Hope you are feeling better.

Apologies for the pedantry, but the rare event *is* anomalous; it is “inconsistent with or deviating from what is usual, normal, or expected” [Merriam-Webster]. The rare event is anomalous regardless of anything going on in molecular biology.

More interestingly, rare coin tossing events make for useless tests because they’re *equally* anomalous regardless of anything in molecular biology, i.e. they have minimal power. Are you defining legitimacy as having optimal power, or just having more power than a coin toss?

No. The rare event is not anomalous FOR just any old hypothesis; only those that counterpredict it, statistically or otherwise.

Okay, so you’re saying observed data can’t be “anomalous for” ideas (an epistemological statement) if those observed data are equally “anomalous” (an aleatory statement) under all ideas considered.

How, in your ideas, is this turned into a constructive definition? Without attaching a notion of optimality to the ability to counterpredict, just being “anomalous for” doesn’t rule out silly tests very like Kadane’s (e.g. those in Bill J’s earlier post).

If one does require optimality, how is the optimality determined?

sketching what I think is happening…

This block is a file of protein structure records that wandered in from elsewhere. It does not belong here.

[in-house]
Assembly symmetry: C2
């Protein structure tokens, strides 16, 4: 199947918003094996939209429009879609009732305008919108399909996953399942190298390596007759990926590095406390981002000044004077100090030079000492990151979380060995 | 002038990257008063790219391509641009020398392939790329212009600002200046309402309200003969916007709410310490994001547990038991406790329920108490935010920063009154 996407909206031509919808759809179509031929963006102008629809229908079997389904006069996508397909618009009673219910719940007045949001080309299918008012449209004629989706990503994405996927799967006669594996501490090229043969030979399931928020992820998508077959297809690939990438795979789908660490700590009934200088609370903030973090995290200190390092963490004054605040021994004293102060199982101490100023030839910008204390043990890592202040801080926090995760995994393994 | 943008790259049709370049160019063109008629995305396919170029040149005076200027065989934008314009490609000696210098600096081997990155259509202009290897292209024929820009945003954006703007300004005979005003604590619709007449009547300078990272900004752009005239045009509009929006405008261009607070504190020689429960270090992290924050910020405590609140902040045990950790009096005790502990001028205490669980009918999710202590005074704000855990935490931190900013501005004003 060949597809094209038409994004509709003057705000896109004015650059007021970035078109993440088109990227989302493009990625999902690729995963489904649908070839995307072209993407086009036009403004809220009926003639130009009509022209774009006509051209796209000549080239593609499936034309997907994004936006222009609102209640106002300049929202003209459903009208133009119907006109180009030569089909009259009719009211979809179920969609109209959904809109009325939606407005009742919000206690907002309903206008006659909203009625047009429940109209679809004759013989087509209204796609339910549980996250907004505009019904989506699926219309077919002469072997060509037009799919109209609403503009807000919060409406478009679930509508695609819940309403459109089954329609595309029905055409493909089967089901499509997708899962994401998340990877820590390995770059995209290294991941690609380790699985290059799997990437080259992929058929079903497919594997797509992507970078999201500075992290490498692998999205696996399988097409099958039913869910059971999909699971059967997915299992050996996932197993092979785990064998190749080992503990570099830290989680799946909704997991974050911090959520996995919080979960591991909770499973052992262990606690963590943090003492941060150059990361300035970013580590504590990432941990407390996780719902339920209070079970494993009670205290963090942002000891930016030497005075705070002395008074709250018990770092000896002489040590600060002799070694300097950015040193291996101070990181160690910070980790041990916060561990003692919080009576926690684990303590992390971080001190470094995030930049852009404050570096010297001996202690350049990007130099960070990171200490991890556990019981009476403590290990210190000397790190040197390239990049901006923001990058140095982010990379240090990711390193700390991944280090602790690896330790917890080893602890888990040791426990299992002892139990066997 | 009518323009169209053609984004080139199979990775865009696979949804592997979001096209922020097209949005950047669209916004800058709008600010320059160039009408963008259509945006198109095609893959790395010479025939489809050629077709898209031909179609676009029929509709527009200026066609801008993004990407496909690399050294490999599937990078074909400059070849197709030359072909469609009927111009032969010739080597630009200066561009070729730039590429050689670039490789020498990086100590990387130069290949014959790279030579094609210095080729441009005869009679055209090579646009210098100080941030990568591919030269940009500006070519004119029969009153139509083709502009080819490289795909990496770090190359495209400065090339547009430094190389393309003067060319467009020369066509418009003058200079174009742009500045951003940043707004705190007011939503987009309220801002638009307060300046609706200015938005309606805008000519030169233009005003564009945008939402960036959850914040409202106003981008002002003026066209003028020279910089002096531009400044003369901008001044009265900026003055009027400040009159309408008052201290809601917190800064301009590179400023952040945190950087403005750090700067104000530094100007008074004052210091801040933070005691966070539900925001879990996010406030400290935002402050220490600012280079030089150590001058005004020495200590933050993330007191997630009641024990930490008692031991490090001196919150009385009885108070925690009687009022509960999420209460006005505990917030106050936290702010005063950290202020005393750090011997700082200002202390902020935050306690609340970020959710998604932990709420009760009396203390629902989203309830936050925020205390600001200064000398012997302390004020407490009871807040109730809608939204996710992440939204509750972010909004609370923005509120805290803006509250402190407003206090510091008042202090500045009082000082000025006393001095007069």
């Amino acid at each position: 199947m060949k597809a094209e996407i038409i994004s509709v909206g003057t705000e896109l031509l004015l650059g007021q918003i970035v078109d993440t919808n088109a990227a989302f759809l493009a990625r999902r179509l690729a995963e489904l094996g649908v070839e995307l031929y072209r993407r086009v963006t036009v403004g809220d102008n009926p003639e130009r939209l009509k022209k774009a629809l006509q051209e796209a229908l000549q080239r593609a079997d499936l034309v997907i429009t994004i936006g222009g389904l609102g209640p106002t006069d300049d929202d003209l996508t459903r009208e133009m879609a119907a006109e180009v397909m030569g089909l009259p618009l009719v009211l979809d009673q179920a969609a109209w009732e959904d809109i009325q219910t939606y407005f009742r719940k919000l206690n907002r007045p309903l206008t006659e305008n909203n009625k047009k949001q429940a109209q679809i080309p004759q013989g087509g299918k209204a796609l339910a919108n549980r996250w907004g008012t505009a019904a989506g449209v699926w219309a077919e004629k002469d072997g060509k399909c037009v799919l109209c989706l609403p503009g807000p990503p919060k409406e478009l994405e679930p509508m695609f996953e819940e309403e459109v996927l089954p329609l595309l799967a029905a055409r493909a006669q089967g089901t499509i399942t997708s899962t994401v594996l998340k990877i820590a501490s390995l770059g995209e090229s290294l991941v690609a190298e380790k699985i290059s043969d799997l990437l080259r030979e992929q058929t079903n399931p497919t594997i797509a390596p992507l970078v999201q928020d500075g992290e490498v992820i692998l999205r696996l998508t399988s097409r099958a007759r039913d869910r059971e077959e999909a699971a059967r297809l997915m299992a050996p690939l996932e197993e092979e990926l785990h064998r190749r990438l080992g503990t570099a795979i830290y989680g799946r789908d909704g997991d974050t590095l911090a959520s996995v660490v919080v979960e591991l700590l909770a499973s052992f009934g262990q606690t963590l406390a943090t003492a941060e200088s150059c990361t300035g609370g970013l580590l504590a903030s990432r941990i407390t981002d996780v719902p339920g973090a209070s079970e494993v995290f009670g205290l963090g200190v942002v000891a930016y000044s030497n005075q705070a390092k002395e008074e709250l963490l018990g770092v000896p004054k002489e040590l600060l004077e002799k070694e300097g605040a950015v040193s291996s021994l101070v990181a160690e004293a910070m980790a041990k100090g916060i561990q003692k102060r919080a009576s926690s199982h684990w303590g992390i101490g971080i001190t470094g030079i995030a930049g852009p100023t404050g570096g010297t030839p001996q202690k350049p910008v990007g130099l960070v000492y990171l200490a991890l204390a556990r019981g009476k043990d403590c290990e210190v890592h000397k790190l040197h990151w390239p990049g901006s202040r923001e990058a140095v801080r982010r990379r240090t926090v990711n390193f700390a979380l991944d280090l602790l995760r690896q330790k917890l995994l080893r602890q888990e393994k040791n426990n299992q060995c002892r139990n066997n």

the null hypothesis H_0 is the following:coin flips tails with probability 0.05

only viruses and bacteria cause infection.

H_0 is widely held so evidence against it would represent a breakthrough…

we also have a coin flip, C and experimental data D.

P(C,D|H_0) = P(C|H_0)P(D|H_0)

Kadane suggests the (crazy) statistic

S(C,D)=C

and then argues that as

P(S=tails|H_0)=0.05

then if this event occurs we can say:

either an unlikely event occurred or the hypothesis is false. This seems technically ok but the hypothesis is a composite one on both the coin and in biology…

I think it would be most concerning if we observed heads so chose not to reject the null.. i.e. we chose to make no conclusion whatsoever…

… but if we also found that P(D|H_0)=0 then it would seem that this analysis missed a significant breakthrough.

… there are quite a few issues floating around this example… including Fisher vs Neyman Pearson frequentist only discussions on the requirement for an alternative hypothesis… in science occasionally you get a Kuru situation where P(D|H_0)=0 so that you really don’t need an alternative hypothesis to reject the null (nor do you need a statistician)… another significant oddity in this example is the way Kadane introduced it, it is hard to imagine any reasonable hypothesis in which C and D were dependent…

Mayo’s wider point that rejection of frequentist philosophy on this single caricature of frequentist practice is well taken.

On the other hand, I don’t think that was Kadane’s intention. The example that Mayo cites is a parenthetical remark buried in a much more substantial example and discussion.